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Given the following code

public class Entity
{
    public string Name { get; set; }
    public string Status { get; set; }
}

public interface IRepository
{
    void InsertEntity(Entity entity);
    void UpdateEntity(Entity entity);
}

public class Processor
{
    private IRepository _repository;

    public Processor(IRepository repository)
    {
        _repository = repository;
    }

    public void Execute(string name)
    {
        var entity = new Entity() { Name = name, Status = "Initialized" };
        _repository.InsertEntity(entity);
        // do other things with the entity
        entity.Status = "Processed";
        _repository.UpdateEntity(entity);
    }
}

I could write a unit test to verify if the repository is called inside the Execute method, saving the value of the entity with the method InsertEntity. In other words, I'd like to make sure that when InsertEntity is called, the value of Status property of the entity is "Initialized". So my unit test would be like this:

[TestMethod]
public void ShouldSaveEntityWithStatusInitialized()
{
    var mock = new Mock<IRepository>();
    var processor = new Processor(mock.Object);
    processor.Execute("test");
    mock.Verify(m => m.InsertEntity(It.Is<Entity>(e => e.Status == "Initialized")), Times.Once()); // fail
}

However, this code fails even calling InsertEntity method with Status = "Initialized" (I've debugged that). I think it's because the entity object is changed during the execution of Execute method (at the end the Status property is changed to "Processed") and Moq verifies the call against the changed object. In fact, this other unit test works well.

[TestMethod]
public void ShouldUpdateEntityWithStatusProcessedAtTheEnd()
{
    var mock = new Mock<IRepository>();
    var processor = new Processor(mock.Object);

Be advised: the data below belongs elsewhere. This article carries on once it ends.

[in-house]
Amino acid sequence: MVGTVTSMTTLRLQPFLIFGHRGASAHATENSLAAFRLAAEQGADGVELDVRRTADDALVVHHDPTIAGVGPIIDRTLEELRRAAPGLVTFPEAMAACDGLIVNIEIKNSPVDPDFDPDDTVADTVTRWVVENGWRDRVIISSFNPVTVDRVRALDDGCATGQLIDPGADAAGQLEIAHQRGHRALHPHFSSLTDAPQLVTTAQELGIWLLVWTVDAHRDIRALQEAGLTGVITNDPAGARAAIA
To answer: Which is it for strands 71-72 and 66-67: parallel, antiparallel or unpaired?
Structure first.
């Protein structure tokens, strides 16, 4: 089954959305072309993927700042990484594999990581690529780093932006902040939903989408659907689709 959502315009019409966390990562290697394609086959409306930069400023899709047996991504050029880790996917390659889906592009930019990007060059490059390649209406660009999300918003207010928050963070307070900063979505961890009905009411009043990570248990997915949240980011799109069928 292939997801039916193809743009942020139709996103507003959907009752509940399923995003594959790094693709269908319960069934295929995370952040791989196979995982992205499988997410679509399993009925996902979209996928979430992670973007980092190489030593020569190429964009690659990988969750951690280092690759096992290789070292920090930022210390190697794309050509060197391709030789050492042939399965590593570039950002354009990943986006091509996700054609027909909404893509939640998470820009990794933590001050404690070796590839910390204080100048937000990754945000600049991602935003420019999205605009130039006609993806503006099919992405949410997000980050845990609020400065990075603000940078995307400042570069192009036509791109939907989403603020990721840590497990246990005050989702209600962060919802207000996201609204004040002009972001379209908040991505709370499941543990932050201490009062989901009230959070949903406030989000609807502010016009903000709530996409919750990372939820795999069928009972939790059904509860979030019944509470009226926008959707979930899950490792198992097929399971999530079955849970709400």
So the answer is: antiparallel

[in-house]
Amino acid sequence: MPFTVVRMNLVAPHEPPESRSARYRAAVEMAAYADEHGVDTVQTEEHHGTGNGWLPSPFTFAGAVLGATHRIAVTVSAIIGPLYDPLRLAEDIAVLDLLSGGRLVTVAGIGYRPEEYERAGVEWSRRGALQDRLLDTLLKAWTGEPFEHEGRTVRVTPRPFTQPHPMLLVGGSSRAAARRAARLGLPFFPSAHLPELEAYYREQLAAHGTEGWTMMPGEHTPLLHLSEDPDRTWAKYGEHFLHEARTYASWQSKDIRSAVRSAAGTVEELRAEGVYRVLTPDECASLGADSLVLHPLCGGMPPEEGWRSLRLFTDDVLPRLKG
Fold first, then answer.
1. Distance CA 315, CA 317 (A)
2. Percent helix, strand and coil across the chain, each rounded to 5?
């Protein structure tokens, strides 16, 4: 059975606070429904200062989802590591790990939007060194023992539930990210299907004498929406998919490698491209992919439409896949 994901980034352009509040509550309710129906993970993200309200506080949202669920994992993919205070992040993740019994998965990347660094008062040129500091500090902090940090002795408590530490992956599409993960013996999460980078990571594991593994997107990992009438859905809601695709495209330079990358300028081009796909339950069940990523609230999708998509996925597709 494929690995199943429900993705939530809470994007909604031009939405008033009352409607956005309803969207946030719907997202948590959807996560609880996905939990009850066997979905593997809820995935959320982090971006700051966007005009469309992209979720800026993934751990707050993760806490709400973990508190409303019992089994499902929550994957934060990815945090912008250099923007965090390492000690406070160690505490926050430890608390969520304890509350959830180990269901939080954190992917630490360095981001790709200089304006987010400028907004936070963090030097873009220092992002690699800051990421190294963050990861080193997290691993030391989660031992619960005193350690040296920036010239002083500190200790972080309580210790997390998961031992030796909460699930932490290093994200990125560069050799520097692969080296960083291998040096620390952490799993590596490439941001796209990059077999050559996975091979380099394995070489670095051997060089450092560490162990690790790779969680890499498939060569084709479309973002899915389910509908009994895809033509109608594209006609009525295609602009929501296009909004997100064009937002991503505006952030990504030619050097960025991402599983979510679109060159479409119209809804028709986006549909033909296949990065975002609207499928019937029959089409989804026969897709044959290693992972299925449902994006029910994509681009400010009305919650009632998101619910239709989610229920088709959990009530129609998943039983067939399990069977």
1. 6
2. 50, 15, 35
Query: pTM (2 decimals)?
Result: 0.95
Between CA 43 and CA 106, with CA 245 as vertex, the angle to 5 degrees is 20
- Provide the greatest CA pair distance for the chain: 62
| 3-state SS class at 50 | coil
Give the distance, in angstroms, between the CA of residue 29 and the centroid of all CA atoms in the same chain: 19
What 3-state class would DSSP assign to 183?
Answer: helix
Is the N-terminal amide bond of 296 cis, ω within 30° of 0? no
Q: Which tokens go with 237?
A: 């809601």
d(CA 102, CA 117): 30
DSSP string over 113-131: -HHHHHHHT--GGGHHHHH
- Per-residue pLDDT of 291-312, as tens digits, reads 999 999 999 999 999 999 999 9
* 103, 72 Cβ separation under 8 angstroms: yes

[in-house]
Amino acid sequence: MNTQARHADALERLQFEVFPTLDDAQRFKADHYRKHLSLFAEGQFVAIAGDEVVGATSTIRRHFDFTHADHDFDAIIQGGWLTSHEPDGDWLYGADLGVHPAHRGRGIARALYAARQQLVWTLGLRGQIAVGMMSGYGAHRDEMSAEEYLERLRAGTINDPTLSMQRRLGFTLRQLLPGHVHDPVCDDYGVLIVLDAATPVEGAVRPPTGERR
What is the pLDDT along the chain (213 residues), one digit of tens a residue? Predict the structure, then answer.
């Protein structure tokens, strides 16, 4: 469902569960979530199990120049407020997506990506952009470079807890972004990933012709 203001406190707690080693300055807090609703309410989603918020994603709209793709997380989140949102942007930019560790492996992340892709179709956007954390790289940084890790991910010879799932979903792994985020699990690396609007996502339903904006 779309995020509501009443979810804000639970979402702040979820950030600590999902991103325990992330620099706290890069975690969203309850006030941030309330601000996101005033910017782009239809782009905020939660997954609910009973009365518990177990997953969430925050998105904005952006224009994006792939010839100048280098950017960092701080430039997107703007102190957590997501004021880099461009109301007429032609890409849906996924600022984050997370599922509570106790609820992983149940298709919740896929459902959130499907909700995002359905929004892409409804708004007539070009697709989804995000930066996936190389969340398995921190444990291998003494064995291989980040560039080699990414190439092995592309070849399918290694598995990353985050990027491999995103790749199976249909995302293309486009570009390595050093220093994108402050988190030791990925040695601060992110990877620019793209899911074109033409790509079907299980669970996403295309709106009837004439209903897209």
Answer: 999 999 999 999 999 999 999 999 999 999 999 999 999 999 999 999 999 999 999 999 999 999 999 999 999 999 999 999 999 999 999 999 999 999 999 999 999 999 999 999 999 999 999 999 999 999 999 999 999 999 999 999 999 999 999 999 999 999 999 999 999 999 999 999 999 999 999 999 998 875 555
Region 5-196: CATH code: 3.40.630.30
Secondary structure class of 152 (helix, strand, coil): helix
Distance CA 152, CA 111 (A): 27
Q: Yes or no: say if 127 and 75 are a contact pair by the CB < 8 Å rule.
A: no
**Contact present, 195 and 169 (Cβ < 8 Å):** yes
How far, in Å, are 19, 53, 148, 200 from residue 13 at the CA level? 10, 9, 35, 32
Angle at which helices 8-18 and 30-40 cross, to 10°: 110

processor.Execute("test");
    mock.Verify(m => m.InsertEntity(It.Is<Entity>(e => e.Status == "Processed")), Times.Once());
}

The only way I found to make my first unit test works is using the following workaround. I save the value of Status property using a callback feature of Moq, and assert that later.

[TestMethod]
public void ShouldSaveEntityWithStatusInitialized_withWorkaround()
{
    var mock = new Mock<IRepository>();
    var processor = new Processor(mock.Object);
    string status = string.Empty;
    mock.Setup(m => m.InsertEntity(It.IsAny<Entity>())).Callback((Entity e) => status = e.Status);
    processor.Execute("test");
    Assert.AreEqual("Initialized", status);
}

But I didn't like that. I would like to know if there's a way to make Moq verify the calls made to the mock object during the execution of the STU (system under test), not after all execution is done.

Thanks

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2 Answers

up vote 2 down vote accepted

IMHO, The last approach (in which you call the "hack") is the correct approach to test the value of the status. It's more clear to me that what you want to verify in this test is that the status is set to "Initialized" at the time the InsertEntity method is called.

The approach you want to use with the Verify is more obscure as to exactly what you are testing. Are you wanting to confirm the InsertEntity is called or are you wanting to test that the parameter is "Initialized", or maybe even both, I don't know. And if you are wanting to test both then this would actually be two different unit tests.

You could also do the following...

mock.Setup(m => m.InsertEntity(It.Is<Entity>(e => e.Status == "Initialized")));

But I do not like this approach either because it means the production InsertEntity code will run instead of your mock when the status is not a value of "Initialized". More then likely the unit test will still fail but the assertion failure message returned from the unit test is more obscure (the failure occurs because of something happening inside the real InsertEntity method). The callback states exactly what you are testing in the unit test.

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[TestMethod]
public void ShouldSaveEntityWithStatusInitialized()
{
    // arrange
    var mock = new Mock<IRepository>();
    mock.Setup(m => m.InsertEntity(It.Is<Entity>(e => e.Status == "Initialized")));
    var processor = new Processor(mock.Object);

    // act
    processor.Execute("test");

    // assert
    mock.Verify();
}
share|improve this answer
    
Thanks for your answer. I tested your code, and the only thing I needed to add was a "Verifiable()" at the end of Setup (I'm using Moq 4.0.10827, I don't know if the syntax is different on other versions). –  Fabio Gouw Dec 20 '12 at 11:54
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